5 Polish startups that are changing EdTech industry
Our team at Fundacja Smialka is always on the lookout for the new trends in educational field. After all, innovation drives educational equality and brings new opportunities for kids and adults alike. Turns out, there are a number of Polish startups that are reshaping the industry. Let’s take a look.
Language learning is an ever-present educational challenge and it’s great to see Polish startups bringing new solutions to the table.
For me, memorizing new vocabulary is possibly the most tedious part of learning a new language, so I am excited to see how Vocapp optimizes vocabulary building. Their app – Fizskoteka – offers flashcard-based learning for a huge variety of languages – including Xhosa, Urdu, Scottish Gaelic and Belarusian (as I was born in Belarus, I was very happy to see Belarusian language on the list). So if you are ever wondering how to impress people at the party – just learn some words from rare languages with Fizskoteka and you are good to go!
While I am not yet in the position to judge whether or not Fizhkoteka’s vocabulary building strategy is great, the overall feel and design of the app seems promising.
This is a tricky one. Basically, brainly is a place to get help with homework – you can ask any question and get an answer from peers or experts in the subject. The downside is that this platform can support students’ laziness and unwillingness to try solving questions by themselves. On the other hand, this is an ultimate social learning network – and in the world of social media it’s certainly nice to see the place where users focus on exchanging knowledge.
What is also notable is the way Brainly grew and developed. Starting with the first website called Zadane.pl back in 2009, it then grew to an international platform that raised $30 million in a Series C funding round in 2019.
Novakid is here to help young learners to efficiently study English. The system seems to be a bit similar to some Chinese platforms (such as 51talk, VIPKID, Magic Ears, GoGo Kid) where English teachers connect with kids online and enjoy fun one-on-one lessons together.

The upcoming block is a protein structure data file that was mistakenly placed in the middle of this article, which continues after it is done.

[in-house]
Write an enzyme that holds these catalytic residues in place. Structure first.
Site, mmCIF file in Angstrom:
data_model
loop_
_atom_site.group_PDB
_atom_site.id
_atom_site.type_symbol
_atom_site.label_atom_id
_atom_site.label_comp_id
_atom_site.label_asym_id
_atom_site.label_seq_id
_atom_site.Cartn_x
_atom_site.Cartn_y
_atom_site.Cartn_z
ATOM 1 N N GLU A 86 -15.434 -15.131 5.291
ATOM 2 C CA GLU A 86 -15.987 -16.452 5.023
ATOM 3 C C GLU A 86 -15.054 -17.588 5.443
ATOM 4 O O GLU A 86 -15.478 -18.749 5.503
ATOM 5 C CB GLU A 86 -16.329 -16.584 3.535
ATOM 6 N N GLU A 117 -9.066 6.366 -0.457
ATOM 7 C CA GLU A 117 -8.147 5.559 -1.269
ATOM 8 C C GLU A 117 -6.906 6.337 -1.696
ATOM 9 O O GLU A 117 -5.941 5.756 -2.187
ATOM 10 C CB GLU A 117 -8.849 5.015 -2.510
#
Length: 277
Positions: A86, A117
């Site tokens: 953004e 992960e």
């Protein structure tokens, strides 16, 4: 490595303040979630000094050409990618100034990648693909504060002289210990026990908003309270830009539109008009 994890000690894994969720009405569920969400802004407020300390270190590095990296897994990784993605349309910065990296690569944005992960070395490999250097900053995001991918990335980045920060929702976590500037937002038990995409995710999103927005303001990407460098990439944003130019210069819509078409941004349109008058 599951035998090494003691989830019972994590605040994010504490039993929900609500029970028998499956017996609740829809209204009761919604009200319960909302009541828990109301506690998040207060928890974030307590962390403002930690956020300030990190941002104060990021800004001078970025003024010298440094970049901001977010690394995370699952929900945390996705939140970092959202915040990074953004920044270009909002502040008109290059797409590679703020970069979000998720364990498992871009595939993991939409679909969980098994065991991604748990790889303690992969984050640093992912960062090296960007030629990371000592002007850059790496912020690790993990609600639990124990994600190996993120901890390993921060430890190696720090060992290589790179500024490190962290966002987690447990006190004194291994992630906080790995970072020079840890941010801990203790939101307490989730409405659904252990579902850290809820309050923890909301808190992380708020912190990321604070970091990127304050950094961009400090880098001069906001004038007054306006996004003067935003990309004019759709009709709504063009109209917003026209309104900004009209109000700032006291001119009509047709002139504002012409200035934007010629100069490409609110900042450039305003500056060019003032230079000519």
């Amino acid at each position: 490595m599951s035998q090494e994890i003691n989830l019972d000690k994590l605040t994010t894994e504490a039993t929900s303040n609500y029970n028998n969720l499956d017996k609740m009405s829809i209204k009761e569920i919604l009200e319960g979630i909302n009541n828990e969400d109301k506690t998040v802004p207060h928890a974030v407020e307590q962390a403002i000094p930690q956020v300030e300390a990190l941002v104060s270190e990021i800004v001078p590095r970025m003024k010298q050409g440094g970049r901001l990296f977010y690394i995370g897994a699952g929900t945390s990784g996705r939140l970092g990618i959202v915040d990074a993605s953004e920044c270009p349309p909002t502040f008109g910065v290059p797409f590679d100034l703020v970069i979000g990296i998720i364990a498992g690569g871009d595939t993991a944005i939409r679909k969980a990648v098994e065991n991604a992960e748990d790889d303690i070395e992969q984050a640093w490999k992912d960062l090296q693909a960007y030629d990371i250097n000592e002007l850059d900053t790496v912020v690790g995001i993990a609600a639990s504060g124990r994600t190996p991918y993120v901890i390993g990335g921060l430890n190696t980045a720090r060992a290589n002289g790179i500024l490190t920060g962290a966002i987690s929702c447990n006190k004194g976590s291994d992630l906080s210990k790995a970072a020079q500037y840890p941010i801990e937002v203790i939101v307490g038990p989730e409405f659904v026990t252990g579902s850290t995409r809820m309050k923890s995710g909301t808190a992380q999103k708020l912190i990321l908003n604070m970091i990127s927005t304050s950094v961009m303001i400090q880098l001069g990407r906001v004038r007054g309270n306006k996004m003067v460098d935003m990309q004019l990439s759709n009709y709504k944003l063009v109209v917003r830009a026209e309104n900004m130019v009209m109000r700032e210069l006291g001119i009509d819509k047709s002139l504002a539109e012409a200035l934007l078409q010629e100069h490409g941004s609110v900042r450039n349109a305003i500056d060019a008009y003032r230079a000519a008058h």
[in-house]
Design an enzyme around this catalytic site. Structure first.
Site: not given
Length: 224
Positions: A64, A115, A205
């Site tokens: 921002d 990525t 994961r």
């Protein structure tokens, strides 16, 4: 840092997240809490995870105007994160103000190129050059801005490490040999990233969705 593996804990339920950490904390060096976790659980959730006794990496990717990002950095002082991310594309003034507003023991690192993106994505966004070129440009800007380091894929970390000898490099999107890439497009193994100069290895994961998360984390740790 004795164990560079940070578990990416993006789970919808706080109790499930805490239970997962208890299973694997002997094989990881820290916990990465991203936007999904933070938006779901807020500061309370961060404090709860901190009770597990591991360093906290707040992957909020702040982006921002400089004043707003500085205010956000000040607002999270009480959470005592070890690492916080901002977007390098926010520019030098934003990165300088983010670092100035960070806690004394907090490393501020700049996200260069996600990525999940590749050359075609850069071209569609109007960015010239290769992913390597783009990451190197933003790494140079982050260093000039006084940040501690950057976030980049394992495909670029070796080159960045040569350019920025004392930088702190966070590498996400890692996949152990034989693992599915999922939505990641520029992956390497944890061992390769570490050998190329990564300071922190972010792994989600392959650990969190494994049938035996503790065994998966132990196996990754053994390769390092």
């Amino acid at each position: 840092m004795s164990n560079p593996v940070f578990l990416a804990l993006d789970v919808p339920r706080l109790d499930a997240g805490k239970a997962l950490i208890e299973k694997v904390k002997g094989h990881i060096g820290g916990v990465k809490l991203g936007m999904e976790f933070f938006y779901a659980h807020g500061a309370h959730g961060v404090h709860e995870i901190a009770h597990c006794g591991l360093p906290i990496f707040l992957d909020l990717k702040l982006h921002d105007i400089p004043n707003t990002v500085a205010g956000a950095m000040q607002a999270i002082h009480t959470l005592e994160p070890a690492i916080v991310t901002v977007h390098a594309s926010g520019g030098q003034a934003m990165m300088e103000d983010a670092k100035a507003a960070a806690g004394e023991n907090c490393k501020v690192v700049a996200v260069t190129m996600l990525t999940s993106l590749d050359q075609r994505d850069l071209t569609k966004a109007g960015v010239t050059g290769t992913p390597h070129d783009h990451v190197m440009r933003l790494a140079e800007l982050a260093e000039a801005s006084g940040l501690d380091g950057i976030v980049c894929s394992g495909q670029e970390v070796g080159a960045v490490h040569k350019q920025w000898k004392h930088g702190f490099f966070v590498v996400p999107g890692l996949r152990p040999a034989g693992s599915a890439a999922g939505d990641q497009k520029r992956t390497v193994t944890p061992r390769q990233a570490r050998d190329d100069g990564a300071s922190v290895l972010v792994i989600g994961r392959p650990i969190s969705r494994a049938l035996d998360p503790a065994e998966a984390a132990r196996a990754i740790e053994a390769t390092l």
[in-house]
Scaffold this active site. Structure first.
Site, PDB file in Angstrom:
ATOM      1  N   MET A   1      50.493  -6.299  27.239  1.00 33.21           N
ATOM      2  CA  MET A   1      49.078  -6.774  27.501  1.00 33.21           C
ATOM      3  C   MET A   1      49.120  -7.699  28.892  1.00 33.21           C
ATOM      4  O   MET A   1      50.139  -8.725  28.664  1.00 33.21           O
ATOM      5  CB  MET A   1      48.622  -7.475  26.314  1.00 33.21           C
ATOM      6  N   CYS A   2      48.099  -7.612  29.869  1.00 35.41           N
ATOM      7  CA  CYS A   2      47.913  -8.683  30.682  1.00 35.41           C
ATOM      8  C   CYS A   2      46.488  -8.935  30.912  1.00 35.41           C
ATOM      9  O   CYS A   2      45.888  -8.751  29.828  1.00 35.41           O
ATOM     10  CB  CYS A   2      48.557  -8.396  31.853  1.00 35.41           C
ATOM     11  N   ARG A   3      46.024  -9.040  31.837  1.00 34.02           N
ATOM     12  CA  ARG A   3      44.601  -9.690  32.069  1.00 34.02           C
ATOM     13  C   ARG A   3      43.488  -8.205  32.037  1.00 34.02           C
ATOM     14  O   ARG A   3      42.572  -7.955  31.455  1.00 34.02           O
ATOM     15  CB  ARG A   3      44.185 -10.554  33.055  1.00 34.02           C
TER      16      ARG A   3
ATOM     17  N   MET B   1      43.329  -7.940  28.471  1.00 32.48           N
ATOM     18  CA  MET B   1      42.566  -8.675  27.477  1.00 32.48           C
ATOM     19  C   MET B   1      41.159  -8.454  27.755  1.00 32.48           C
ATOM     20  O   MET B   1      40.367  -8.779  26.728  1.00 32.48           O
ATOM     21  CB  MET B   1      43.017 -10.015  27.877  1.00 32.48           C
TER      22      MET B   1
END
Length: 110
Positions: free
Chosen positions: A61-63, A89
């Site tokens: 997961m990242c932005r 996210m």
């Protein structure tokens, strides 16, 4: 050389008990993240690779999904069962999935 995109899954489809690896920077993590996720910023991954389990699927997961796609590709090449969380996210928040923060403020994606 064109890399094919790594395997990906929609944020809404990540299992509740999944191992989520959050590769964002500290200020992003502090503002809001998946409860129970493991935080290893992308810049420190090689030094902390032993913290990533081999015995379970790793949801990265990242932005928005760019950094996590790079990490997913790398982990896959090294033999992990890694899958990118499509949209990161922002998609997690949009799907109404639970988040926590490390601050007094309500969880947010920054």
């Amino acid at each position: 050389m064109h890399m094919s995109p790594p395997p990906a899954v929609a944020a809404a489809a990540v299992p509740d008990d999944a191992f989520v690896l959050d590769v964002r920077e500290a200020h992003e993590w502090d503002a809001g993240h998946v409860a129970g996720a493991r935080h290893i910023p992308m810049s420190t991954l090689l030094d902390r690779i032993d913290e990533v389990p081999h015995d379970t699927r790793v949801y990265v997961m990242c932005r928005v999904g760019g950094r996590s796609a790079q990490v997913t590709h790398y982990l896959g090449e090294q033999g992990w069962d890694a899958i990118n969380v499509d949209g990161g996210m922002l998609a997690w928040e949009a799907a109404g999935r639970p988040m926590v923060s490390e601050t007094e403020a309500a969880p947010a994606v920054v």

Today, users from more than 40 countries are already using Novakid and it has been named as one of the most promising European startups in the field of education.
Image source: https://pixabay.com/pl/
Tommorow is focusing on B2B EdTech market (which has also started growing since the start of the pandemic) where they bring VR-based solutions. The startup has already done more than 340 major e-earning projects.
The use of VR in education is certainly intriguing. What particularly interested me was a blended learning that is offered by Tommorow – this way VR and stationary courses supplement each other to increase efficiency.
Tommorow is also using VR for medical purposes and art.
Scriware is so cool that it took me by surprise. Basically, they are offering a one of a kind educational ecosystem that supports STEAM education (integrated approach to learning that focuses on Science, Technology, Engineering, Art & Math).
With the use of modern technologies, such as 3D printing, robotics and programming, Scriware offers a practical and interactive approach to learning.
One of my favorite components of Scrilab is probably SkriBot – a self-assembly robot that is used to teach children mechanics, programming and engineering. Besides all the practicality, I think Skribot is also a bit cute and it reminds me of my favorite robot ever – WALL-E.
Whenever I think “innovation” and “startups” my mind immediately goes to Silicon Valley, but it’s great to see amazing things happening right here, in Poland. Moving forward, we should continue to embrace innovation for making learning better and better.
Images source: https://pixabay.com/pl/